CHARLOTTE, N.C. - Before the books and pencils come out, Shanna Rae worries about what her students are eating.
“You know what’s not published is how many kids are hungry in this school,” Principal Shanna Rae told FOX 46 Charlotte.
It's her first year leading Windsor Park Elementary School. When the school year started she prioritized starting a food pantry.
“It’s like gas. Food is our gas and you can tell a difference in students when they have something to eat,” Rae said.
“You take for granted that your kids have so much and there are kids who have nothing,” Principal Shanna Rae said
“You will notice them lingering around in the cafeteria or even asking friends for food,” Lashay Morgan said, an assistant principal.
Windsor Park is a Title 1 school with a 100 percent poverty level. The majority of the students are also ESL students, so English is their second language. There are even students who are homeless and about 150 who have immediate needs. Students have asked both Morgan and Rae for food before. When it’s not available the two have dipped into their own pockets as teachers often do.
“We communicated the need to a parent who actually cares and not just about her child that is a student here,” Rae said.
“I’m always trying to figure out what I can do,” Crystal Ritch said. Ritch’s son is a proud Windsor Park Wildcat and is in the fourth grade.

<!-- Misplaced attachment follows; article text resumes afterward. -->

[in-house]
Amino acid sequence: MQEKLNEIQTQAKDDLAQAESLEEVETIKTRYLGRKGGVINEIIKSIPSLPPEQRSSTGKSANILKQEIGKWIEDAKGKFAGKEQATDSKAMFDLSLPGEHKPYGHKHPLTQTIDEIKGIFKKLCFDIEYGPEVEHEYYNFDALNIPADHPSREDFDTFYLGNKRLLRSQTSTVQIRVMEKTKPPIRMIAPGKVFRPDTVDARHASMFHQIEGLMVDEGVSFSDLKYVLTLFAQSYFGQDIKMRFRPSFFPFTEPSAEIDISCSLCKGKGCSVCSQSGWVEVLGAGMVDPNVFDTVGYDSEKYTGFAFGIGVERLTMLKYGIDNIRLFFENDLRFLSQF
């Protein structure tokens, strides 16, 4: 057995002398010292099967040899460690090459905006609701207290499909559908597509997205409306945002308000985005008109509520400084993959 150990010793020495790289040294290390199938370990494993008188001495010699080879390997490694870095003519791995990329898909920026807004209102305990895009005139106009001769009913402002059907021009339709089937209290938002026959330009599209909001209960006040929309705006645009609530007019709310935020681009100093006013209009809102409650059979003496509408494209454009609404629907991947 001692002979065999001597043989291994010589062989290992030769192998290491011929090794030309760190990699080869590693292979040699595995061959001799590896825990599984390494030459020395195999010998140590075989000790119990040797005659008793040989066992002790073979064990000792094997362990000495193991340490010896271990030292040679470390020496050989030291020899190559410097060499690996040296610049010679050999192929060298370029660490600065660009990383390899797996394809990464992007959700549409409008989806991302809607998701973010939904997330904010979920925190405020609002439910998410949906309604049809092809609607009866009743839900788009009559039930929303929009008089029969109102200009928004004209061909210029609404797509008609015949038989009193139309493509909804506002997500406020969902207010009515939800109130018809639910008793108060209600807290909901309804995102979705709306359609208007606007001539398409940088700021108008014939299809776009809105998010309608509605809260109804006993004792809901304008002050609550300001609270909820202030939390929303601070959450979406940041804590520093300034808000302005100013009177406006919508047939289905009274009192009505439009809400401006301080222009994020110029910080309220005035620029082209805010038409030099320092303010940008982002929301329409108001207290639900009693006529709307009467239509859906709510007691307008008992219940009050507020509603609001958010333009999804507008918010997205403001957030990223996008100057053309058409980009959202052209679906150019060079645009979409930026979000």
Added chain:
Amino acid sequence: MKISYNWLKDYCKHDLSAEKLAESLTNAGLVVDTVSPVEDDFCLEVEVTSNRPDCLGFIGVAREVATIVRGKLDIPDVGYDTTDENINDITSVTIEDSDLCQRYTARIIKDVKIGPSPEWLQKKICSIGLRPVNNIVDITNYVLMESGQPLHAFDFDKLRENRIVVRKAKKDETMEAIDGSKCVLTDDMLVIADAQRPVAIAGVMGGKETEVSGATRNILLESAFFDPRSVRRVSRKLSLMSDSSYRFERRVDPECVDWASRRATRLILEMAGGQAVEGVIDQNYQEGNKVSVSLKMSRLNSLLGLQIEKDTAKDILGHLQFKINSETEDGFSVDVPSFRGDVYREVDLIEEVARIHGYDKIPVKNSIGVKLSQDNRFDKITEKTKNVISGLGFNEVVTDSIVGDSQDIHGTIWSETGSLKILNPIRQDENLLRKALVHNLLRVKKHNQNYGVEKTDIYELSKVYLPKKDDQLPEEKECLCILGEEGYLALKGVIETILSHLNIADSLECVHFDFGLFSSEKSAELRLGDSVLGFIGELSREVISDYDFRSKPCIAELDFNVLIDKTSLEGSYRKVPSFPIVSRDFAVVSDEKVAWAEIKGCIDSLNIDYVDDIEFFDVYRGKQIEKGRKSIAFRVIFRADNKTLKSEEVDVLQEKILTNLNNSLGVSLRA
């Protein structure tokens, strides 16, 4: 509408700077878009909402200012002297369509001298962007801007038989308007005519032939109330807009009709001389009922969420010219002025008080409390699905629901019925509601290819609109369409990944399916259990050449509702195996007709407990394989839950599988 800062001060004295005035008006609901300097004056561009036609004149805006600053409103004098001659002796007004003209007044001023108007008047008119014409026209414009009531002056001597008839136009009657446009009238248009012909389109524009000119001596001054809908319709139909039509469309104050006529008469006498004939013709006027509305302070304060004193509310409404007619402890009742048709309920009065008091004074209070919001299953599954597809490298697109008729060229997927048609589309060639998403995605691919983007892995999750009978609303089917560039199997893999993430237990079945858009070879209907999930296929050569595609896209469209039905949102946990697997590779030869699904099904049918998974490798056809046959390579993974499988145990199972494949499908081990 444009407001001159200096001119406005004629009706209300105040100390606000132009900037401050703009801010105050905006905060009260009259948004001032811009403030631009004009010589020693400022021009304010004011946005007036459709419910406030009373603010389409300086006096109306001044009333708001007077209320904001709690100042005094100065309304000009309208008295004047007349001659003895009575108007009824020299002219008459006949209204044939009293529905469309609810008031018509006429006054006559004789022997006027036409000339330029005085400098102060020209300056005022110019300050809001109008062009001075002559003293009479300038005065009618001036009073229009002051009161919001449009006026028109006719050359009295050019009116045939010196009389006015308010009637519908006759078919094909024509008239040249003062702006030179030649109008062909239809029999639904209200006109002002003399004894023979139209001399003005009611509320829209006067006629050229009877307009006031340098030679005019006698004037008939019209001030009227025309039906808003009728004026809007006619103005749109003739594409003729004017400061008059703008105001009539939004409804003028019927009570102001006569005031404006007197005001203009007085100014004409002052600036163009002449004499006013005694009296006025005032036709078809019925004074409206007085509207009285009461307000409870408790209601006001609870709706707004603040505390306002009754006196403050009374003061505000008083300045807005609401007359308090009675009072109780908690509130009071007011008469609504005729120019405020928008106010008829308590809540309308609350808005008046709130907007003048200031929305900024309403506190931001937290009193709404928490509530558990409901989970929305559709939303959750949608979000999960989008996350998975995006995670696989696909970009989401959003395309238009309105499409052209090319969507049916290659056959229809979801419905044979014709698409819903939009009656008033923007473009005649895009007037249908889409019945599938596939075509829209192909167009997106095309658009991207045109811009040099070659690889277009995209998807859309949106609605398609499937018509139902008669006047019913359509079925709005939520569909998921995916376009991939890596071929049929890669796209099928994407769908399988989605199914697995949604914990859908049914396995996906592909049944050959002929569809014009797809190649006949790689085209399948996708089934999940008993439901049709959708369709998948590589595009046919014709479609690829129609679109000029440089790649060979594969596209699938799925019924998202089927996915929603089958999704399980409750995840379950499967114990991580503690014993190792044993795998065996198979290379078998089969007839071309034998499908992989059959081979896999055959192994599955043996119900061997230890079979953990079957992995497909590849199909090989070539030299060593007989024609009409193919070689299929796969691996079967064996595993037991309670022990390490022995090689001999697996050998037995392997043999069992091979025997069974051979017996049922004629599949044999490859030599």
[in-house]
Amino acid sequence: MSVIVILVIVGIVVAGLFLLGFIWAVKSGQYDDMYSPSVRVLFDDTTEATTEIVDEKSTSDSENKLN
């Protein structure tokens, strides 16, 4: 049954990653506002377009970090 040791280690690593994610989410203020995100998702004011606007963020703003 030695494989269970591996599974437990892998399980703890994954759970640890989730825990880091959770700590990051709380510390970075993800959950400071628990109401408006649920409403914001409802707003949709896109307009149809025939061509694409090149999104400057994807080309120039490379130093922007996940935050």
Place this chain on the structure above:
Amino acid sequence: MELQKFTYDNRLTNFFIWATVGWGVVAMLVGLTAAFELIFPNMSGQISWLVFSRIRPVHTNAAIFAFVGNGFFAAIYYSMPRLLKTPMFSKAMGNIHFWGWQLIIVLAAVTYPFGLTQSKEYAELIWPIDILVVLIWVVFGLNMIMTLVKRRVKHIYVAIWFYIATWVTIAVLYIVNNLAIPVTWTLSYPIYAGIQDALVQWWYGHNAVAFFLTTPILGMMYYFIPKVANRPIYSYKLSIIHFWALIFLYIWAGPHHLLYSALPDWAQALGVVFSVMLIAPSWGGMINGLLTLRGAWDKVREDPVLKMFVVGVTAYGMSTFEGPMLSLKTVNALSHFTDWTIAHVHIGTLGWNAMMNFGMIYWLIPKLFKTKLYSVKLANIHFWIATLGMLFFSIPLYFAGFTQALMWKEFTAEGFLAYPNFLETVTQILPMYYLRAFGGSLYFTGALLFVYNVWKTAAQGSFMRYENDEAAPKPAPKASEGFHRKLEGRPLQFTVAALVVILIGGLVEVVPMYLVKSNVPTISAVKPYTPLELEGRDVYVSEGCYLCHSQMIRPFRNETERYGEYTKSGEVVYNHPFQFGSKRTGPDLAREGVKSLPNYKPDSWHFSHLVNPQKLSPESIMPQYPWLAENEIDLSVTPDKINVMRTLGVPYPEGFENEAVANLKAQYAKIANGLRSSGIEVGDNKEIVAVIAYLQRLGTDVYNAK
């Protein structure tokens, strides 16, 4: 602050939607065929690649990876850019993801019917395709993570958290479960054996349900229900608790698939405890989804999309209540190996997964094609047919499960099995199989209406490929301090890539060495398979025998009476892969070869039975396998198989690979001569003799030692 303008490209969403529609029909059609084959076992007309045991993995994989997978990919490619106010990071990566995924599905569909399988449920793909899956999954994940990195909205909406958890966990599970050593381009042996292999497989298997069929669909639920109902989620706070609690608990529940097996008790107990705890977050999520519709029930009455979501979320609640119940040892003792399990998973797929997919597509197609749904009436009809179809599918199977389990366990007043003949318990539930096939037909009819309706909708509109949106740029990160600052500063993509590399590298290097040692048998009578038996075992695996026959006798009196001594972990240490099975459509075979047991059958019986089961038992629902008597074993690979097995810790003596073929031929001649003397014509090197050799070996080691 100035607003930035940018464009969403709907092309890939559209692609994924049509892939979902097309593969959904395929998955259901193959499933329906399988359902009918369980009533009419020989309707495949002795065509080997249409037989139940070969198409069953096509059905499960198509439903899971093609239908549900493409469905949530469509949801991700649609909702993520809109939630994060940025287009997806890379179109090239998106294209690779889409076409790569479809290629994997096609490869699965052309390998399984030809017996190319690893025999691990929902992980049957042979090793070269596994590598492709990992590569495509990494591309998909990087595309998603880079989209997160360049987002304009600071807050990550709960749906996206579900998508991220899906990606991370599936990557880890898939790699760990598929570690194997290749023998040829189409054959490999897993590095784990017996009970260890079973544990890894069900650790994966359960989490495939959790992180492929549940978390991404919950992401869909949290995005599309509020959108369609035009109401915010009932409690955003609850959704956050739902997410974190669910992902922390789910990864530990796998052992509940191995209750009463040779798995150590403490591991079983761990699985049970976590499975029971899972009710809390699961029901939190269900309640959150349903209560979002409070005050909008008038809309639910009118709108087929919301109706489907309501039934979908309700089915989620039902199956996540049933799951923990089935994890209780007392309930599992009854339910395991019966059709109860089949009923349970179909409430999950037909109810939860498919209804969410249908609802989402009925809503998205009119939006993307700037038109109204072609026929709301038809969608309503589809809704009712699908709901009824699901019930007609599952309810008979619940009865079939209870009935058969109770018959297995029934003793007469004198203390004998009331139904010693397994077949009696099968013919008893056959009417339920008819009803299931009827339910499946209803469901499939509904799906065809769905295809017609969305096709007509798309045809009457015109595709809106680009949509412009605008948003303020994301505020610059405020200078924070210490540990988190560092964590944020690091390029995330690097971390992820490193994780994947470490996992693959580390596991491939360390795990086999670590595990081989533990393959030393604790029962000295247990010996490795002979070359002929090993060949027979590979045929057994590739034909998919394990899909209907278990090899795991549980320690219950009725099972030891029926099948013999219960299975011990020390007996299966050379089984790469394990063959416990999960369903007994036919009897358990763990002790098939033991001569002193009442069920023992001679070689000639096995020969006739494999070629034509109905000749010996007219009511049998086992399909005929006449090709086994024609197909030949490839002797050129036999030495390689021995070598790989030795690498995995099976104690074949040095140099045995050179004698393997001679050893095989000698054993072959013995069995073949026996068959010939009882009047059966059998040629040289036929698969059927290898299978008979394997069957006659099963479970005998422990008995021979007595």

She decided to take on the pantry project. In a few short months, the shelves of a storage room have started to fill up with food. It all started with one grocery bag thanks to Ritch.
“You take for granted that your kids have so much and there are kids who have nothing,” Ritch said. Ritch works a full-time job with Hendrick Automotive Group and cares for her two children. She says she felt compelled to take on this project. She’s turned to neighborhood apps and meetings to collect food.
Despite her other responsibilities, Ritch is caring for the other 652 Windsor Wildcats who go to school with her son.
“It makes me feel great but also think what else can we do for these kids,” Ritch explained.
Their work is far from over. With the holidays ahead the food on the shelves won’t last long.
“Some people don’t realize the difference one can make. We’re not asking for name-brand just anything anyone can give,” Ritch said.
“My vision is to have so much food we have to open another pantry in this school,” Rae said.
Some of the kids who get a bag of food have skipped away from the pantry according to Rae. She calls Ritch an angel.
If you would like to help or donate to the pantry, please contact Crystal.Ritch@hendrickauto.com
The pantry needs non-perishable food items like bags of oatmeal, grits, single-serving cereal, ramen noodles, mac and cheese, fruit cups or canned fruit.